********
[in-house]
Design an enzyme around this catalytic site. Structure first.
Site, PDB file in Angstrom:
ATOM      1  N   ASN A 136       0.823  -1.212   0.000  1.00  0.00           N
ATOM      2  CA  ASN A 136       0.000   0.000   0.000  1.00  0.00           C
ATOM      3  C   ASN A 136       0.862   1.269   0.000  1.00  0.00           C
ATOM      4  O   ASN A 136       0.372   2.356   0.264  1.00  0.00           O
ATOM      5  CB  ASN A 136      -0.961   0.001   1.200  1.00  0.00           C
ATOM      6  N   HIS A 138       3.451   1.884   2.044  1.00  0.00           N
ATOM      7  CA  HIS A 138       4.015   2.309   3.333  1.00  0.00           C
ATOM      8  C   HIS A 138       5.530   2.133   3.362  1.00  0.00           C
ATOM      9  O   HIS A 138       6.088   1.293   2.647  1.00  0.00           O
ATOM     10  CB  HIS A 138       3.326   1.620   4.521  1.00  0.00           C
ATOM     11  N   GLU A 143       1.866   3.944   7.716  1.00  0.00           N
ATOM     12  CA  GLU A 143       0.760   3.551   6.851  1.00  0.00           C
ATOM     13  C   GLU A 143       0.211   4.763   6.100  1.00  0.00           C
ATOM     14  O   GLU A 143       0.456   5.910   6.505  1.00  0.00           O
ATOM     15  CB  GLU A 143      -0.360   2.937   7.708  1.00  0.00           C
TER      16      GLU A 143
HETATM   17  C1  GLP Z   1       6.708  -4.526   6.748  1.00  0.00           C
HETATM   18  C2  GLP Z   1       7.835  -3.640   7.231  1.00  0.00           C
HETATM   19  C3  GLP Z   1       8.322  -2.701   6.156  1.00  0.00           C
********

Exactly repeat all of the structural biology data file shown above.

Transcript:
[in-house]
Design an enzyme around this catalytic site. Structure first.
Site, PDB file in Angstrom:
ATOM      1  N   ASN A 136       0.823  -1.212   0.000  1.00  0.00           N
ATOM      2  CA  ASN A 136       0.000   0.000   0.000  1.00  0.00           C
ATOM      3  C   ASN A 136       0.862   1.269   0.000  1.00  0.00           C
ATOM      4  O   ASN A 136       0.372   2.356   0.264  1.00  0.00           O
ATOM      5  CB  ASN A 136      -0.961   0.001   1.200  1.00  0.00           C
ATOM      6  N   HIS A 138       3.451   1.884   2.044  1.00  0.00           N
ATOM      7  CA  HIS A 138       4.015   2.309   3.333  1.00  0.00           C
ATOM      8  C   HIS A 138       5.530   2.133   3.362  1.00  0.00           C
ATOM      9  O   HIS A 138       6.088   1.293   2.647  1.00  0.00           O
ATOM     10  CB  HIS A 138       3.326   1.620   4.521  1.00  0.00           C
ATOM     11  N   GLU A 143       1.866   3.944   7.716  1.00  0.00           N
ATOM     12  CA  GLU A 143       0.760   3.551   6.851  1.00  0.00           C
ATOM     13  C   GLU A 143       0.211   4.763   6.100  1.00  0.00           C
ATOM     14  O   GLU A 143       0.456   5.910   6.505  1.00  0.00           O
ATOM     15  CB  GLU A 143      -0.360   2.937   7.708  1.00  0.00           C
TER      16      GLU A 143
HETATM   17  C1  GLP Z   1       6.708  -4.526   6.748  1.00  0.00           C
HETATM   18  C2  GLP Z   1       7.835  -3.640   7.231  1.00  0.00           C
HETATM   19  C3  GLP Z   1       8.322  -2.701   6.156  1.00  0.00           C